One of the biggest mistakes we see is people confusing workforce planning with a plan. We’ve all heard the old cliché, fail to plan, plan to fail. But, how often have things ever gone to plan?

Workforce planning is a process. Not an annual to-do. At its heart workforce planning is aligning the organisational needs and people strategy.

It doesn’t need to be complex. And can be adjusted to suit the size and maturity of your workforce programme.

Getting started in workforce planning during a crisis

A simple way to get started is to have a documented check-in with your business unit leaders every other week. Most businesses have already done this on the downside as a response to COVID-19, its maintaining this discipline and identifying the workforce priorities, their anticipated resourcing needs and critical dependencies on an ongoing basis.

The answers don’t need to be perfect, or questions cumbersome. The process can be as simple as a live document update every other week.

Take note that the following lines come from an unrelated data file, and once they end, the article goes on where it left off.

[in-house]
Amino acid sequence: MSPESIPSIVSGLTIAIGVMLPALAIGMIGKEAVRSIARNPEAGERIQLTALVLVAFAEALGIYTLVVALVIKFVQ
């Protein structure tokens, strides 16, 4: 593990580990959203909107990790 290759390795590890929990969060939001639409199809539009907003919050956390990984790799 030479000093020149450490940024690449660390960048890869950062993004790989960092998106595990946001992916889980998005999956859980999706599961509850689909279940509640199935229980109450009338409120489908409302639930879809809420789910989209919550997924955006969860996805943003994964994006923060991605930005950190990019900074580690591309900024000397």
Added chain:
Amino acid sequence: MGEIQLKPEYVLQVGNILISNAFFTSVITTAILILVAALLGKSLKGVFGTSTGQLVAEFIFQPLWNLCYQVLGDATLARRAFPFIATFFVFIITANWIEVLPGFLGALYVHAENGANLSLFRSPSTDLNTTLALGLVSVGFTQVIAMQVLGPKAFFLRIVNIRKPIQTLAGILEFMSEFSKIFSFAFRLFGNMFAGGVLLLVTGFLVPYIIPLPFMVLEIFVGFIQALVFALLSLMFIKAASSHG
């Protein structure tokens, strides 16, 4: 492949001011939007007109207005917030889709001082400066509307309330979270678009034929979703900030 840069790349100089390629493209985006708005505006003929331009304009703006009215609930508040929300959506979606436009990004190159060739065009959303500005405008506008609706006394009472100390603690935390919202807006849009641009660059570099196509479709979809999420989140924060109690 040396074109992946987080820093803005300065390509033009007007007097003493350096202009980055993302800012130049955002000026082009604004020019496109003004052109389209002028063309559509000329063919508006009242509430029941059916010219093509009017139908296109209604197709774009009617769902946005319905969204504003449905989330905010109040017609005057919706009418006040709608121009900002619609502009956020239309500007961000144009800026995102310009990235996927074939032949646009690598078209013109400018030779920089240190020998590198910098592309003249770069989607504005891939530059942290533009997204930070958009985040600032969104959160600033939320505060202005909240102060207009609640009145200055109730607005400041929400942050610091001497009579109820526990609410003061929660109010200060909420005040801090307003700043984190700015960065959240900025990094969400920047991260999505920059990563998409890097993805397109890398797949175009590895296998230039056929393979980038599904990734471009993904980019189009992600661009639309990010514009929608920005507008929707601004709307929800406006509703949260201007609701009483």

The point is to get a concrete picture of what you’re dealing with, so you can make the right talent supply chain decisions for the here and now. We all know things will have changed, but if you haven’t documented these and ask the pertinent questions how can you support them to access the skills they need?

Workforce planning for different scenarios

Once you have the above in place to deal with the right now you’ll need to develop a workforce planning group, to identify a range of realistic variables and resourcing options, accounting for fluctuations in demand, productivity, skills availability and an ever-evolving world of work.